Are These Slides Classified?

Purdue expunges presentation on Edward Snowden because leaked information on three slides is still technically classified.

October 8, 2015

You cannot watch Barton Gellman’s conference presentation about the National Security Agency and Edward Snowden. Purdue University deleted the video.

Gellman gave the keynote presentation at the university’s "Dawn or Doom" colloquium in September. He was promised a link to video of the presentation afterward, but was subsequently told that, on the advice of its lawyers, Purdue was unable to publish the video at all.

What happened? In a blog post for the Century Foundation, Gellman explains: three of the slides he used during his 90-minute talk contained classified information. It's leaked information that lives on the Internet and has been viewed by millions of people, but it is classified nonetheless.

Purdue has a “facility security clearance,” Gellman says, which allows the university to perform classified research for the government, but also “requires ‘sanitization, physical removal or destruction’ of classified information discovered on unauthorized media” -- like a keynote video on a college server.

Several attendees asked specifically whether some of the information presented was classified in a question-and-answer session after the talk. “We have a number of ‘junior security rangers’ on faculty and staff who tend to be ‘by the book.’ Unfortunately, once noted, that is something that cannot be unnoted,” Purdue computer science professor Eugene Spafford told Gellman afterward.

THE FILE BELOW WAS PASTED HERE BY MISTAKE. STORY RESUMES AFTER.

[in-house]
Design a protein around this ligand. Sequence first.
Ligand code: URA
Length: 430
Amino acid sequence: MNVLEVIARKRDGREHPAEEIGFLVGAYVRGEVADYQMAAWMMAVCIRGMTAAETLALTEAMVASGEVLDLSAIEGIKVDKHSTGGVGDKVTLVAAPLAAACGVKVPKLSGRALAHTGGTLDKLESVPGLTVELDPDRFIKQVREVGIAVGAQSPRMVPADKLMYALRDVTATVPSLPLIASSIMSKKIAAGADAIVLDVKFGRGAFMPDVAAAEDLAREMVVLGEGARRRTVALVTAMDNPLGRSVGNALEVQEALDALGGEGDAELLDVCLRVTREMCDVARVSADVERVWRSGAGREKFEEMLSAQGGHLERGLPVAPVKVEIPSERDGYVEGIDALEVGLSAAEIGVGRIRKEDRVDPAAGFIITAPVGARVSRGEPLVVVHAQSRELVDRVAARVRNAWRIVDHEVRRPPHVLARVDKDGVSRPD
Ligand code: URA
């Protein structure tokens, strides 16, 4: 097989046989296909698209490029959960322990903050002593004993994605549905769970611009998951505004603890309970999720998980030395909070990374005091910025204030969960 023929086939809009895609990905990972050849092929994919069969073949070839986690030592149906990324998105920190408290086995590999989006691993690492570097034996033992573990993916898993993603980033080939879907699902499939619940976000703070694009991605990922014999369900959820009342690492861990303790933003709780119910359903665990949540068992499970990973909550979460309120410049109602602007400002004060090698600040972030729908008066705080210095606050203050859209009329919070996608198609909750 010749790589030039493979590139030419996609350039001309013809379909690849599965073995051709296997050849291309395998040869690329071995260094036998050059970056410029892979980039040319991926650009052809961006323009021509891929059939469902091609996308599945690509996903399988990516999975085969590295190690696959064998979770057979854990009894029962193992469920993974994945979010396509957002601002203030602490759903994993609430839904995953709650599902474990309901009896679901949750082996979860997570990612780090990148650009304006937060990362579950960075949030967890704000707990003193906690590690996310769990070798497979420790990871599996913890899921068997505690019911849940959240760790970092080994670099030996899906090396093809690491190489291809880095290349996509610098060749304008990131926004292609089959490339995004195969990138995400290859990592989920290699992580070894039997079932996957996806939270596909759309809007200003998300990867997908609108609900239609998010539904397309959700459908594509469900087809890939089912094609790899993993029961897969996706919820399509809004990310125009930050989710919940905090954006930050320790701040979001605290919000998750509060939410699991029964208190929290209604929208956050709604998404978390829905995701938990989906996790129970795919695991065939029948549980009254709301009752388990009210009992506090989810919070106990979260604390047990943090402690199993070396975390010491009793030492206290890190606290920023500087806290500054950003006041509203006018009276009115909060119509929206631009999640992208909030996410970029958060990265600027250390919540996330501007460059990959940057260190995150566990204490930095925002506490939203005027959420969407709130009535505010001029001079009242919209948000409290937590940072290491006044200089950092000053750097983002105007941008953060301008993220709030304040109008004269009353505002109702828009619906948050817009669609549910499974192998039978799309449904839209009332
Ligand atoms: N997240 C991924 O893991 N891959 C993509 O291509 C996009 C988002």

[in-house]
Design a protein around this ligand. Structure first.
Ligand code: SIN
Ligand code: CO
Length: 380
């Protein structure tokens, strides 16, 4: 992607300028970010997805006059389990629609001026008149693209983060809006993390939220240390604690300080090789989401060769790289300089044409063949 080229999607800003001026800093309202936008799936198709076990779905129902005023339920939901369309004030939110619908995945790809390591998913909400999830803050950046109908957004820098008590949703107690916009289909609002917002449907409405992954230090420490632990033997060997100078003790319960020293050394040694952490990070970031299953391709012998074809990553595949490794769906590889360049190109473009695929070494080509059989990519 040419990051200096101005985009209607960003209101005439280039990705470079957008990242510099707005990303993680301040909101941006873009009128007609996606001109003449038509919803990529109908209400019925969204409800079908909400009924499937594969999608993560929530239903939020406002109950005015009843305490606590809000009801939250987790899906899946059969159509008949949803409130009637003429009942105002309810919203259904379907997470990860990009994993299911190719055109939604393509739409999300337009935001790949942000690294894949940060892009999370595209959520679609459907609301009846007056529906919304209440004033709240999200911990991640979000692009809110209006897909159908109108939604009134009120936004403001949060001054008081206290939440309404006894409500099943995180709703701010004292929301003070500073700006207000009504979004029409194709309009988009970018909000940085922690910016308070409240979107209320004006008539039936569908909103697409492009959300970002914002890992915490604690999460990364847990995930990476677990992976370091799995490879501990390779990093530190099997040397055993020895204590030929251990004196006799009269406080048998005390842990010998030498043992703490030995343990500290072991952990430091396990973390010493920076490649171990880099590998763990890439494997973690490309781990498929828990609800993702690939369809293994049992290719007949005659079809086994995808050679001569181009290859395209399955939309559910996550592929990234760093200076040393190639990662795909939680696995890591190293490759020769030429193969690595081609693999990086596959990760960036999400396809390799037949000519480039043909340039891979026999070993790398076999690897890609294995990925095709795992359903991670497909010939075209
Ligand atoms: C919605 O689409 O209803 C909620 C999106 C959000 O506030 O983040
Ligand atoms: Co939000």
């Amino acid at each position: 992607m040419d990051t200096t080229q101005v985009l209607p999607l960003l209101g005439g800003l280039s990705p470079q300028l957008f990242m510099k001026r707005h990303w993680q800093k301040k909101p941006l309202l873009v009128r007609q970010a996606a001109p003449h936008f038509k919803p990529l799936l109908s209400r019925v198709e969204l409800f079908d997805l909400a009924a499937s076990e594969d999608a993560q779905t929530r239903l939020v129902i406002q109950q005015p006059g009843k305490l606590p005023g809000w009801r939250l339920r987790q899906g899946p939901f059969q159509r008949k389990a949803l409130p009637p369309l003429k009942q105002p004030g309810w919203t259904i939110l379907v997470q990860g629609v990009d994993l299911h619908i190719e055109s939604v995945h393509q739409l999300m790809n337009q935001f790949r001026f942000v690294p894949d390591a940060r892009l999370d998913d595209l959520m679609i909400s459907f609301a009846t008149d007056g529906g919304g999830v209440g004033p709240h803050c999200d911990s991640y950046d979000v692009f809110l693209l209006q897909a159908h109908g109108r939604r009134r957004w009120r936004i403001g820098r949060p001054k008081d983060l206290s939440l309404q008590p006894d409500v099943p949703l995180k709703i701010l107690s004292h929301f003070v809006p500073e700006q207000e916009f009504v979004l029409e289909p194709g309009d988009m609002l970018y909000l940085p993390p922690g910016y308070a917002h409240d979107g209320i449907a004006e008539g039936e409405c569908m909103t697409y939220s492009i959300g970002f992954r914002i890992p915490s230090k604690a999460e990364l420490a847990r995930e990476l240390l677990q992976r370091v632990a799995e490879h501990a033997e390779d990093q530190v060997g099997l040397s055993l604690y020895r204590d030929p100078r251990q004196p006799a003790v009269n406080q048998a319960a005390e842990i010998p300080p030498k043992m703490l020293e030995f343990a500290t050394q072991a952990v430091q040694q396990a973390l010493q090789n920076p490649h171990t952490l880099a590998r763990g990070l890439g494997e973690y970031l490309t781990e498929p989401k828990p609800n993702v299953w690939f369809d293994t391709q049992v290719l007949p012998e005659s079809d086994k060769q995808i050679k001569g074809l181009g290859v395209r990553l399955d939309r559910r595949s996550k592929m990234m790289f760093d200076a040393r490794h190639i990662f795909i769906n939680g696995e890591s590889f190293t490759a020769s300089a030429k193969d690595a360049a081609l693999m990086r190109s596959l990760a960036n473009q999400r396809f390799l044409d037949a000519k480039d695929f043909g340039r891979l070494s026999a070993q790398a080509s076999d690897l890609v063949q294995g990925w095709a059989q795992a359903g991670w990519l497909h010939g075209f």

Sure enough, someone filed a “breach report” with the university’s research information assurance officer, who brought the issue to the attention of the Defense Security Service, a Pentagon agency that oversees nongovernment organizations working with classified material.

“Universities are not secret agencies,” Gellman writes. “They cannot lightly wear the shackles of a National Industrial Security Program, as Purdue agreed to do. The values at their core, in principle and often in practice, are open inquiry and expression …. Purdue has compromised its own independence and that of its students and faculty. It set an unhappy precedent, even if the people responsible thought they were merely following routine procedures.”

“We don't view this episode as any sort of compromise of Purdue's commitment to free and open inquiry,” Steve Schultz, Purdue's legal counsel, said in a statement emailed to Inside Higher Ed. “It was the university's desire to raise awareness of Mr. Gellman's area of expertise that brought him to campus in the first place. When the classified nature of some material was confirmed, Purdue's security officer made a judgment call, based on a reading of regulations, that we shouldn't disseminate it. Purdue's DSS industrial security representative confirmed the propriety of this assessment. In the course of communicating the decision to the technical team, the entire speech was removed from the website. We have acknowledged that perhaps a better way to comply with the law would have been to block only the classified information in question. But we don't make the laws; we only do our best to follow them.”


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